Good stuff, keep it up.

  2. Actually, MtG's barrier to entry is about the same as 40k money-wise, probably higher. A 2k 40k army costs around $600 which is what a top standard deck in magic costs.

    But to be good in magic you have to play online, which necessitates having two separate collections. And you have to take part in booster drafts and sealed decks which cost serious coin.

    The only thing 40k requires of more is time. It's time consuming to model and paint an army. The plus side, though, is a 40k army is competitive for years rather than... the three weeks a top magic deck stays dominant.

    So what really separates it?

    1. WotC throws a ton of money at the competitive scene. They know competition drives sales. GW doesn't seem to think so.

    2. WotC has established tournament floor rules. To be considered a sanctioned tournament, the thing has to be run the same way with the same rules no matter where you go no matter who is running it. GW doesn't tell TOs how to run tournaments, what rules to use, and they don't have an ELO system for player ratings.

    3. In addition to tournaments being run the same to be sanctioned, judges have to be sanctioned to prove they know the game and to show that if I (a floridian) get in a rules dispute with a californian, at a tournament in New York, we know that we will get the correct ruling every time.

    So in my opinion step one could (and should) be the last thing they implement. Cash prizes with shit rules and officiating = no thanks. Cash prizes with great rules and great officiating? sign me the fuck up for the 40k Pro Tour.

  3. I've really enjoyed these past couple articles - thanks for posting! Learned a lot about the mindset and attitude to bring to a tournament.

  4. @ Nikephoros- Hey, this may not be the best place to post this but I saw that you are signed up for the NOVA Open but not, as far as I know, for the team tournament. Would you want to play in the team tournament as well, just for kicks as much as anything? I live in MD very local to the venue and I would consider myself a better than average player but not yet GT placing. I play with a bunch of local guys, some of them very good tournament players, and I could rope one of them in or join you and a buddy. I hope this doesn't sound like a come on but let me know if you would be interested :)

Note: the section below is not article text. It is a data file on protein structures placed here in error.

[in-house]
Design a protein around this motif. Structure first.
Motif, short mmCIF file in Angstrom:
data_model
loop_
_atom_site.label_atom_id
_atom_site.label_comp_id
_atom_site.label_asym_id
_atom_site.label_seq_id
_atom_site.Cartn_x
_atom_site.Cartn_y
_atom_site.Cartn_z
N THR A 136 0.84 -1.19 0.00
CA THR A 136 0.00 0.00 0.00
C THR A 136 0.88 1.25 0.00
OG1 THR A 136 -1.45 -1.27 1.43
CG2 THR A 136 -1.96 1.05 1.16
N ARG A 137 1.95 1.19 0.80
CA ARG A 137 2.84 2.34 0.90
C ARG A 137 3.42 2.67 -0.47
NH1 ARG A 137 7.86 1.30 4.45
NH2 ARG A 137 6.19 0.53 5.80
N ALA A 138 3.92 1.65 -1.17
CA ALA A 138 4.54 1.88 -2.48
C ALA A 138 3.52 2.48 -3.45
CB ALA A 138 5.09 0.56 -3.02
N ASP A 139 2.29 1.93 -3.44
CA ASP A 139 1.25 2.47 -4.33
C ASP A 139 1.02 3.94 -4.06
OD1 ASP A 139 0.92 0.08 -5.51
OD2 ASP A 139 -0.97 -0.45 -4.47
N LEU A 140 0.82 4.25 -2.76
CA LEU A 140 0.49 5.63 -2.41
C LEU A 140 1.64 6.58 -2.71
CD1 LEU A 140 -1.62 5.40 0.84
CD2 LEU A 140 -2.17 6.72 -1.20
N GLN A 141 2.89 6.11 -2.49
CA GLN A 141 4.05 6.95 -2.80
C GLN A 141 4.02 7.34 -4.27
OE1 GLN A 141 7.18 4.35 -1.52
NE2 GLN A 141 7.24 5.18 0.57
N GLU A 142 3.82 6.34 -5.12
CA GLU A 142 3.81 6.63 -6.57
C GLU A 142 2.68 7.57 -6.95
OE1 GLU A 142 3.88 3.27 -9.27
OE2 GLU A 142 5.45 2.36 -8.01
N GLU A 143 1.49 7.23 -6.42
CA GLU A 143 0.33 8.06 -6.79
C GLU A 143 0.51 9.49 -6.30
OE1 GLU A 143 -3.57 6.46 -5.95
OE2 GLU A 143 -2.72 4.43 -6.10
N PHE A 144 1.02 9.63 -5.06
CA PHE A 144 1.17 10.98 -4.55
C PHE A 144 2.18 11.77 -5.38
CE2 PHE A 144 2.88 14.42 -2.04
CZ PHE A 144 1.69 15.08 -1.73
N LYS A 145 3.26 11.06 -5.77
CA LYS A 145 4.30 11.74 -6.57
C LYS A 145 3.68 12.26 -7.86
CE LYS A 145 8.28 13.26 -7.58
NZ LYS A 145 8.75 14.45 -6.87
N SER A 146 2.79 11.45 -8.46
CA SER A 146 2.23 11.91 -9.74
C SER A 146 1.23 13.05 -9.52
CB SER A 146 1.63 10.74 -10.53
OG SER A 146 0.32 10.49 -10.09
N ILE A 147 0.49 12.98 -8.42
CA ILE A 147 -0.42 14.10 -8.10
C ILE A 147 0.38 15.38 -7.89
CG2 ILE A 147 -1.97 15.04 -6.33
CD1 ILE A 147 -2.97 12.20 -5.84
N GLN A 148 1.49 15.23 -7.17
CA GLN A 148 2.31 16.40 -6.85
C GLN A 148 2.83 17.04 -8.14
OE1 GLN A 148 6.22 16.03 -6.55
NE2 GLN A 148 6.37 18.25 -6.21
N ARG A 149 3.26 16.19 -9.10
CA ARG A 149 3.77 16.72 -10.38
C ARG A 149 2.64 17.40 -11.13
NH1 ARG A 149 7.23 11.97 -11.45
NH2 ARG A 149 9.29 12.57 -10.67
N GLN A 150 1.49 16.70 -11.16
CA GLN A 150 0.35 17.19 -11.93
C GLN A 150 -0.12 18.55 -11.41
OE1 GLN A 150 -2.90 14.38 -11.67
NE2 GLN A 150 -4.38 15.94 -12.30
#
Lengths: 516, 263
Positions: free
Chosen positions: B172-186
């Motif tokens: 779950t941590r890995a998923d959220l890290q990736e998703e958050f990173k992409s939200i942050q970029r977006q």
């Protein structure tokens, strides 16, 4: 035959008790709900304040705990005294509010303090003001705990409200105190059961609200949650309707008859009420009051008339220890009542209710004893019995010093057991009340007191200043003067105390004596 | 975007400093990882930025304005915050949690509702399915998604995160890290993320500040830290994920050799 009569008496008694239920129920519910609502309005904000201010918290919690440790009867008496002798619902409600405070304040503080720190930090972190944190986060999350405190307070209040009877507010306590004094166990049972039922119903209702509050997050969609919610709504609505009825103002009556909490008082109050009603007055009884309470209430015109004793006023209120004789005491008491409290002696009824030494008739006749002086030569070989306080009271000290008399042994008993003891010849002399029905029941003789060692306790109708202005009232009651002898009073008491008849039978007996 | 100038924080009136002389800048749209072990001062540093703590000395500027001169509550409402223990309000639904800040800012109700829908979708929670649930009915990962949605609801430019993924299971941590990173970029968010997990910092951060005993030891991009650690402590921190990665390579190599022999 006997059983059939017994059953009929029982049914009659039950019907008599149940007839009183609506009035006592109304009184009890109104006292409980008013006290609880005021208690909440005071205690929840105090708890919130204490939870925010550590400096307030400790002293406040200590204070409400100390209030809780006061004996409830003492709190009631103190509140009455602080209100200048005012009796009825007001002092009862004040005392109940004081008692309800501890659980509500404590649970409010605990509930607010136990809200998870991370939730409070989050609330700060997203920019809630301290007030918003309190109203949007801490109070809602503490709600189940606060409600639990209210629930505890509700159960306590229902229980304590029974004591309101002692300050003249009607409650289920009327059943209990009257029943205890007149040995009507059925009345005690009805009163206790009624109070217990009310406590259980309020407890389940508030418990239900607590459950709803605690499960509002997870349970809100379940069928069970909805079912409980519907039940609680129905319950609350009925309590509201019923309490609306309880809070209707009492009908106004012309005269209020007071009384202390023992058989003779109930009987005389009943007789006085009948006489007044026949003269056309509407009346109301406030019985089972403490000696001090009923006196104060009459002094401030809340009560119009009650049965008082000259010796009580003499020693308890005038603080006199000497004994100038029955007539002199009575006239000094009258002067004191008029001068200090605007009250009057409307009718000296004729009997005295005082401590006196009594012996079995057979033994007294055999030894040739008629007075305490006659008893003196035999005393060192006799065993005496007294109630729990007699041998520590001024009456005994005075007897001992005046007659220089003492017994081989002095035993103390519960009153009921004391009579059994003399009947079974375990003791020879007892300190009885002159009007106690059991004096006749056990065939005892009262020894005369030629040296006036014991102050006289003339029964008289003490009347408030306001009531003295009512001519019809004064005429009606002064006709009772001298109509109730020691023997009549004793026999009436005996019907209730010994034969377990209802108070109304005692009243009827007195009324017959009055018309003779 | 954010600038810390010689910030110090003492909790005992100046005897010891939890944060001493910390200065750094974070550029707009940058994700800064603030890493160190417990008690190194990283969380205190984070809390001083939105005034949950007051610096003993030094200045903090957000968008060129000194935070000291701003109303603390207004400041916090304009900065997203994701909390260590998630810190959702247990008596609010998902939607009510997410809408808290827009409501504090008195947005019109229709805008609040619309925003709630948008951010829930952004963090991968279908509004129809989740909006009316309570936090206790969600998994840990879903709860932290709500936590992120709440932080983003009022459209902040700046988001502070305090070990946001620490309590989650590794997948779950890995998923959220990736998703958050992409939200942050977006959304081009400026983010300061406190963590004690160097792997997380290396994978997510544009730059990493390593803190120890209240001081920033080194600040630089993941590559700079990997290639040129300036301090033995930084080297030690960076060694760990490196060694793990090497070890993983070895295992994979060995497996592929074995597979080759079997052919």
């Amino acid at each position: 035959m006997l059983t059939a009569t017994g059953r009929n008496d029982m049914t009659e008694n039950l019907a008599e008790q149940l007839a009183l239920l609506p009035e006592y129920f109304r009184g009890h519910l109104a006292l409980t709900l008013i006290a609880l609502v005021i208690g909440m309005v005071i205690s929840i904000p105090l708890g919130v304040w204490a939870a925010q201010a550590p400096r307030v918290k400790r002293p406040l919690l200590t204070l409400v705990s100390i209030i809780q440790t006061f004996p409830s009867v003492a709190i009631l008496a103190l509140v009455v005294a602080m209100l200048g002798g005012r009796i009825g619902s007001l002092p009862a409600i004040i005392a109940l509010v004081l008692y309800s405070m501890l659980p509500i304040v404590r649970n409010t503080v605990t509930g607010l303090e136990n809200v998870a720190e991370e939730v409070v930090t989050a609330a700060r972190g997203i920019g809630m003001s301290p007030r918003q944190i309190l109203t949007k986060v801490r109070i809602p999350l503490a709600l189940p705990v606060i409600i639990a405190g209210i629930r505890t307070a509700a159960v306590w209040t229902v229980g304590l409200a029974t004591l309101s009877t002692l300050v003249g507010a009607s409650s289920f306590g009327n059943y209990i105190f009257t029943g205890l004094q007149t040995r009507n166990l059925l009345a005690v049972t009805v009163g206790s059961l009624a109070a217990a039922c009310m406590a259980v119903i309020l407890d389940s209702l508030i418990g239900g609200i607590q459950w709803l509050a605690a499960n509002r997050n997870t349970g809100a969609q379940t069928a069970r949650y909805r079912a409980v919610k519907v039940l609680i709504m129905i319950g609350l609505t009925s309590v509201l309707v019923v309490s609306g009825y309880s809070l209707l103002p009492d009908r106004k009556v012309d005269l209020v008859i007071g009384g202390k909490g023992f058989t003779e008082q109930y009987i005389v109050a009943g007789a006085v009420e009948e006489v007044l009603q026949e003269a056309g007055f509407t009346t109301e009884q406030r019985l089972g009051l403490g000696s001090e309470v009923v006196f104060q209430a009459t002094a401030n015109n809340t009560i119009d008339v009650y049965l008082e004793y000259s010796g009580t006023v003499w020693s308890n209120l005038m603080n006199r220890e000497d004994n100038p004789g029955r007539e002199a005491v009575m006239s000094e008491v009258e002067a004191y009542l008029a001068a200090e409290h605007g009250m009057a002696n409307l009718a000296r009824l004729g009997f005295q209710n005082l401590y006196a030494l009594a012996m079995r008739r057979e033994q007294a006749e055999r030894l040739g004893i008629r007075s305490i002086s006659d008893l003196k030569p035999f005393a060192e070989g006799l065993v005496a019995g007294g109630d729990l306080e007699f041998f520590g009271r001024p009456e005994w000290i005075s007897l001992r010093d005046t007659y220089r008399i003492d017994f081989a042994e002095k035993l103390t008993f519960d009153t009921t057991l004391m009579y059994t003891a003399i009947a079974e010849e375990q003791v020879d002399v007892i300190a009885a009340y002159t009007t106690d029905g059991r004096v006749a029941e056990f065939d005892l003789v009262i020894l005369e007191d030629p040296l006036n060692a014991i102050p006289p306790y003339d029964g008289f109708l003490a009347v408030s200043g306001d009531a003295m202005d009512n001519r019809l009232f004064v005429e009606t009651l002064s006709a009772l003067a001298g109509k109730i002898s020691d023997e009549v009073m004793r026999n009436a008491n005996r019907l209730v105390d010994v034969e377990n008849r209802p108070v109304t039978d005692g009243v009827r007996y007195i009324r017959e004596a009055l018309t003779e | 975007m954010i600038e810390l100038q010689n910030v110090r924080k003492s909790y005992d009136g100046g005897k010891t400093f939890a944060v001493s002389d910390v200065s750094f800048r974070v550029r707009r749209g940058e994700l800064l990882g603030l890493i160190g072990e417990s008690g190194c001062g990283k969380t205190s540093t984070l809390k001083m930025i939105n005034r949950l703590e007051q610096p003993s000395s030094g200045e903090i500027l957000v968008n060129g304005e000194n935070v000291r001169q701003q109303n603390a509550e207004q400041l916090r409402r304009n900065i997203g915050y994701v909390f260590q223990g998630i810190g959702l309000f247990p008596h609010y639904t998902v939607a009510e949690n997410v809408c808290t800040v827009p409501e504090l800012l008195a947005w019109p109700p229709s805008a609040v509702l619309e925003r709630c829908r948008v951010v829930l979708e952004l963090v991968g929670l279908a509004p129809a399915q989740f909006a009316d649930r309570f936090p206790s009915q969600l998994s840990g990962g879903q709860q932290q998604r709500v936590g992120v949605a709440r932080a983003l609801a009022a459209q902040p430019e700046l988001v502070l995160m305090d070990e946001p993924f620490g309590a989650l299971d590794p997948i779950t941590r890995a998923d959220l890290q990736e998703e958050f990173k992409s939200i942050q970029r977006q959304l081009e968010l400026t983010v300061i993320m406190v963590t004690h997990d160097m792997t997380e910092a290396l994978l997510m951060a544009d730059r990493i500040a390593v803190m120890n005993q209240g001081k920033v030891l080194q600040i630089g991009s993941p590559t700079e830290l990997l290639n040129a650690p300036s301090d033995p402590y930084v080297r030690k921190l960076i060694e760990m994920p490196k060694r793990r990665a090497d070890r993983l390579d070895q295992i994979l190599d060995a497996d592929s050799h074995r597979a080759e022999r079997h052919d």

And I don't even have an account on Warseer

  5. Hey I appreciate the invite, and normally I'd take you up on it, but I have promised my DC friends I'm taking Friday off to hang out and do touristy things. Definitely hit me up for a pick up game Thursday night though.

  6. Yo. Nice blog.

    I still think that the amount of cash riding on a M:TG tournament is a little too high for my tastes. It drives up the crazy too much. But then, maybe is influenced because I think that M:TG is a money-drain scam.

    One thing that I would add is food. Junk food burns waay too fast, so you have to keep it stable. Granola Bars and Gatorade work for me, together with a good lunch.

    GW is completely unprepared for that kind of tournament. It would requiere them to put a feet on the ground and deal with the competitive players again, including telling a bunch of people (INAT suckers and the like) to get stuffed. And it would mean to completely stop hiding behind the "Warhammer isn't supposed to be competitive" meme against their crappier rulings.

    Really hard to see that happening, though "Warhammer 40k: On ESPN" has a nice ring to it.

  7. That would be real cool, here is my email, drop me a line in early august!
    sethdlow @ gmail . com

  8. Nike: I have to disagree. I understand that in order to operate at a pro level the dollar value of the armies is roughly equivalent. That being said, as you mentioned the dozens and dozens of hours it takes to prepare a 40k army can be quite daunting. Also, the way a lot of Magic players get hooked is through draft tournaments which are very cheap and require no investment before-hand. We don't have anything similar in 40k. Basically, our low level entry is more difficult than theirs. That translates to an overall smaller population playing the game and ultimately a smaller field to draw serious players from.